This UK Disability History Month, check out the Library’s guide to disability and inclusion-related topics.

Black text on a yellow blackground saying Disability history month, University of Reading.

The guide takes the same format as our other subject guides but focuses on materials from across our Library and Special Collections, as well as pointing you towards other useful online resources, libraries and archives.


Suggest more diverse library resources


Screen shot of our disability & inclusion resource guide

You can help us diversify Library collections further by suggesting books, DVDs, topics or authors for purchase in an area you feel is currently underrepresented. We’ll do the rest! Just complete our Diversify our collections suggestion form.

You can see Diversity fund titles purchased in current and previous academic years on our dedicated Library Diversity fund reading lists.

(If you would like to suggest other items for the Library, please complete our regular book suggestion form.)

Library Diversity & Inclusion Group

Christmas Vacation – Library loans, opening hours and more

Close up image of the word Library as mounted on the library building cladding.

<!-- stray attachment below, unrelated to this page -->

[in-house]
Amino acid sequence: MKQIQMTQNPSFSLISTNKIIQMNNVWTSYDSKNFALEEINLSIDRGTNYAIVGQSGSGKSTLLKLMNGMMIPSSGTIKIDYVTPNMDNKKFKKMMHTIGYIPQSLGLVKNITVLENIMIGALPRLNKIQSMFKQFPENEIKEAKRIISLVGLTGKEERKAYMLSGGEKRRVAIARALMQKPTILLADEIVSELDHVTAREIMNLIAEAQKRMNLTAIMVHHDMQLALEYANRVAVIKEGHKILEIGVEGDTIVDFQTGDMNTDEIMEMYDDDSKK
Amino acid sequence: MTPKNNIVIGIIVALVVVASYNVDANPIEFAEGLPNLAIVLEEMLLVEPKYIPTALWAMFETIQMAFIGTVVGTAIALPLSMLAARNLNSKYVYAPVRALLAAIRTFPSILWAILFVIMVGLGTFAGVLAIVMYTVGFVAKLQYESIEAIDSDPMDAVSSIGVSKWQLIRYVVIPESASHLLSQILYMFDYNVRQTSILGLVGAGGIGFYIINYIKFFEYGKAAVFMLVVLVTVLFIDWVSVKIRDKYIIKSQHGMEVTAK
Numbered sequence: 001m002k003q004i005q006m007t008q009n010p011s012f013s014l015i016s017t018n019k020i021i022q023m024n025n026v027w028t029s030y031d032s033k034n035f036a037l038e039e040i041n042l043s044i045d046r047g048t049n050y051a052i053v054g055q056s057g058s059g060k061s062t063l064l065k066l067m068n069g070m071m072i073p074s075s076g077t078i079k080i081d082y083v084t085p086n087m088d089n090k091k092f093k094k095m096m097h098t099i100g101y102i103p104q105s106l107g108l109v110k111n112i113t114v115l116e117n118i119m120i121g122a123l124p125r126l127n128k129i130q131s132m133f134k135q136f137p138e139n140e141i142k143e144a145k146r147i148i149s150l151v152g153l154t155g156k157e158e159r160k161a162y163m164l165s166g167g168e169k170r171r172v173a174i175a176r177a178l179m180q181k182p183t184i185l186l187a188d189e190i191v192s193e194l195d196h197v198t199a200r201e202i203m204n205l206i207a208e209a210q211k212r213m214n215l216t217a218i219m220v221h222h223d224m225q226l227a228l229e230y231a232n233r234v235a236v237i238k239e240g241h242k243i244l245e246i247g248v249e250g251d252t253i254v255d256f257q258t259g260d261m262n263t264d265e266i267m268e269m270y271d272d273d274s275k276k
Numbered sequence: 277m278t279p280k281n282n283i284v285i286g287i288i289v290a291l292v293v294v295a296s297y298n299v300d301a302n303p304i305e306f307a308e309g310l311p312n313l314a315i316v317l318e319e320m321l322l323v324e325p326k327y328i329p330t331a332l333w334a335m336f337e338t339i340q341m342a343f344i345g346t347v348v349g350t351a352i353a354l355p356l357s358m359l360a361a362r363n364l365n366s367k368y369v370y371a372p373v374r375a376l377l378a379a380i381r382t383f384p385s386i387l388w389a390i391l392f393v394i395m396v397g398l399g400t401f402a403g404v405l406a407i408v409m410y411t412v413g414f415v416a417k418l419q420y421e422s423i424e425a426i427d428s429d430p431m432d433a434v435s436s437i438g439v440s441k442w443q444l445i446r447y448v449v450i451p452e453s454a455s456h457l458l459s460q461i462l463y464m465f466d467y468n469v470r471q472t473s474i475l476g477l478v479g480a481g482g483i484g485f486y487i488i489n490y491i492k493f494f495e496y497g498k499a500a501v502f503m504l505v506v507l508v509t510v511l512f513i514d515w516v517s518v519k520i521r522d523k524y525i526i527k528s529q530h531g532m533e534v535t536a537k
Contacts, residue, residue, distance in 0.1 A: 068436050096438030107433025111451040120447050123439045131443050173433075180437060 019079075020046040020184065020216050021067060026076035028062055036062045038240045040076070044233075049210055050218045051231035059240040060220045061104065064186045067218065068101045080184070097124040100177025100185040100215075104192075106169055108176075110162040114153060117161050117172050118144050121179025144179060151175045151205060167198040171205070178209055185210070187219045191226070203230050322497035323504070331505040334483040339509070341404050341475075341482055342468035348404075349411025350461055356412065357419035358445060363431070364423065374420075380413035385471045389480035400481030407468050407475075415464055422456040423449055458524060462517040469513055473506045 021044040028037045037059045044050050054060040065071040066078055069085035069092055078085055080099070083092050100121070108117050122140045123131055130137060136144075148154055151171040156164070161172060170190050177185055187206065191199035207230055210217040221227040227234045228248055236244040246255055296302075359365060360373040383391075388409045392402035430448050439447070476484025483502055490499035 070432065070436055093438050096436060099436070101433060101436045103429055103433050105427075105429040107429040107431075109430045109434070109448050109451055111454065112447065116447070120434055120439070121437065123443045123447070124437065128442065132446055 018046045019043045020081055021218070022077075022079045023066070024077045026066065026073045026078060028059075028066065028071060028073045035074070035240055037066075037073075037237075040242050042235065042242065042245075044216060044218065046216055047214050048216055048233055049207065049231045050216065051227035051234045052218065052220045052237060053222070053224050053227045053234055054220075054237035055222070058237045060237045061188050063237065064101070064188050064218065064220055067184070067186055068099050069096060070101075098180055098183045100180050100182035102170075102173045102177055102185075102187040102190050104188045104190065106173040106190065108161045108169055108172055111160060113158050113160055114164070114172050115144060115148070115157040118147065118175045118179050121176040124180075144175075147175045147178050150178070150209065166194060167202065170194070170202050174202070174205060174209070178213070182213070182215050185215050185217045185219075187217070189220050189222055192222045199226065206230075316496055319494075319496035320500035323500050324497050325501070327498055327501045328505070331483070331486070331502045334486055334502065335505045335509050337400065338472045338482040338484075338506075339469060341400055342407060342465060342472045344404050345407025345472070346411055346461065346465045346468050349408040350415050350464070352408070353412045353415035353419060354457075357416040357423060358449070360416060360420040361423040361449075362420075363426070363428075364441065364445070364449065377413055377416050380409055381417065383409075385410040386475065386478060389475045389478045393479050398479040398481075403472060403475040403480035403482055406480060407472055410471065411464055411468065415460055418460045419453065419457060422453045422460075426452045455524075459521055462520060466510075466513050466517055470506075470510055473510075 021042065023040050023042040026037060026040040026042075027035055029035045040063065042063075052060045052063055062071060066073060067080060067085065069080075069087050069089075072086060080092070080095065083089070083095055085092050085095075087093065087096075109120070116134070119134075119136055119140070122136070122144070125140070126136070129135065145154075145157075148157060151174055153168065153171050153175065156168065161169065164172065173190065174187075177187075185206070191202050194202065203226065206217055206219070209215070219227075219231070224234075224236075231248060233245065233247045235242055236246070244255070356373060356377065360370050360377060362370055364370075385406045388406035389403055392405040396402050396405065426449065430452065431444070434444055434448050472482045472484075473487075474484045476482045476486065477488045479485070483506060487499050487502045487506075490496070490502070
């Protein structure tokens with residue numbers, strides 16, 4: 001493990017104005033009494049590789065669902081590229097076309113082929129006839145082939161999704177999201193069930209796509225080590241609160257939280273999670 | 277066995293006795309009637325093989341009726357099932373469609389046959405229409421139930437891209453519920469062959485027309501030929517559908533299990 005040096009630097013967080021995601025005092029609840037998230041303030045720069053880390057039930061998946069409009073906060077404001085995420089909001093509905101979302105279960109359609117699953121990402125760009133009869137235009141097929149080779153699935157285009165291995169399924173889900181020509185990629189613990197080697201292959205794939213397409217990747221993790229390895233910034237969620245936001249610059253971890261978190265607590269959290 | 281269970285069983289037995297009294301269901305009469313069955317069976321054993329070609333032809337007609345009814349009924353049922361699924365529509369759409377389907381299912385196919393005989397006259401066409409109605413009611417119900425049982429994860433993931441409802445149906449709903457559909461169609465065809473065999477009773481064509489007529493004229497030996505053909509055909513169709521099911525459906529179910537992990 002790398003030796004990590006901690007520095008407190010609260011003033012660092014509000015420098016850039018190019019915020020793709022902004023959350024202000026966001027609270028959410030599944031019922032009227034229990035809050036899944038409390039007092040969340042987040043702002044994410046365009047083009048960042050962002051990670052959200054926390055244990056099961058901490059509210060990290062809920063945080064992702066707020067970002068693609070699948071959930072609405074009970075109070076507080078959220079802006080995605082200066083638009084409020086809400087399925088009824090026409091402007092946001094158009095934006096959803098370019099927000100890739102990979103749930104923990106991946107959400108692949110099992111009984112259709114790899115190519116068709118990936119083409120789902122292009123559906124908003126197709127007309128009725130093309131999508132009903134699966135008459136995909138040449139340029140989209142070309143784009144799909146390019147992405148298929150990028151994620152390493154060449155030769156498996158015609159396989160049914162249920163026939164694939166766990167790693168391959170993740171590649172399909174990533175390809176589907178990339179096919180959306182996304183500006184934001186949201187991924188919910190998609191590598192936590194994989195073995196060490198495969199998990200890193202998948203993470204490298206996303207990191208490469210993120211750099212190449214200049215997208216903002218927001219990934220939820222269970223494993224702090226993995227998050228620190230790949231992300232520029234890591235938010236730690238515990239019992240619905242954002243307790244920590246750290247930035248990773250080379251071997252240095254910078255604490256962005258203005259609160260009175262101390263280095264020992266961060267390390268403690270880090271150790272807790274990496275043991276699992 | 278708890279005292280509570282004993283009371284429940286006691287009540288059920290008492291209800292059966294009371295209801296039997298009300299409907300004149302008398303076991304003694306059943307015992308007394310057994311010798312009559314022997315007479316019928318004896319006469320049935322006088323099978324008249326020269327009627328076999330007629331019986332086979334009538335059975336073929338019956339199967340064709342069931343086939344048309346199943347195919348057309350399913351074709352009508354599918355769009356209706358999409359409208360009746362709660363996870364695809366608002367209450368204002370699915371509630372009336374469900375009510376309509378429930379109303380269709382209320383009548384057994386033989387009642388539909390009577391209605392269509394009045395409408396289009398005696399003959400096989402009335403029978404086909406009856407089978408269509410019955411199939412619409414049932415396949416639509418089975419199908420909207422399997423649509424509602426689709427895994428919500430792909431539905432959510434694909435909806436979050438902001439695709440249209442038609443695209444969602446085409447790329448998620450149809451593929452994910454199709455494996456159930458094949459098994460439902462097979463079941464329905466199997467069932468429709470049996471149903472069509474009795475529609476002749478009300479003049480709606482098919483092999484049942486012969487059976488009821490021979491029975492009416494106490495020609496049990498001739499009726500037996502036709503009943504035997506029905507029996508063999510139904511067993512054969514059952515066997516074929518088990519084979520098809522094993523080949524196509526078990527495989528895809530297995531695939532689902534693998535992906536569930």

It’s been a busy Autumn term!  

The final week of term begins on Monday! We thought this would be a good time to share the Library vacation information with you, to help you get the most out of your Library through the break. 


Online help 

All our expert staff are available online to help and advise you through the vacation before, and after, the University closure period. Through this time, the following services will be available 

  • For advice on resources for all your course needs, contact your Academic Liaison Librarian, they can assist by helping you to make the most of the Library resources.  
  • Study Advice can help you develop your study skills through the online tutorials and bookable sessions on offer.   
  • The Research Engagement team are available to help support your research needs. If you require help with Open Access, research data management and other research related matters, visit their webpages for further support.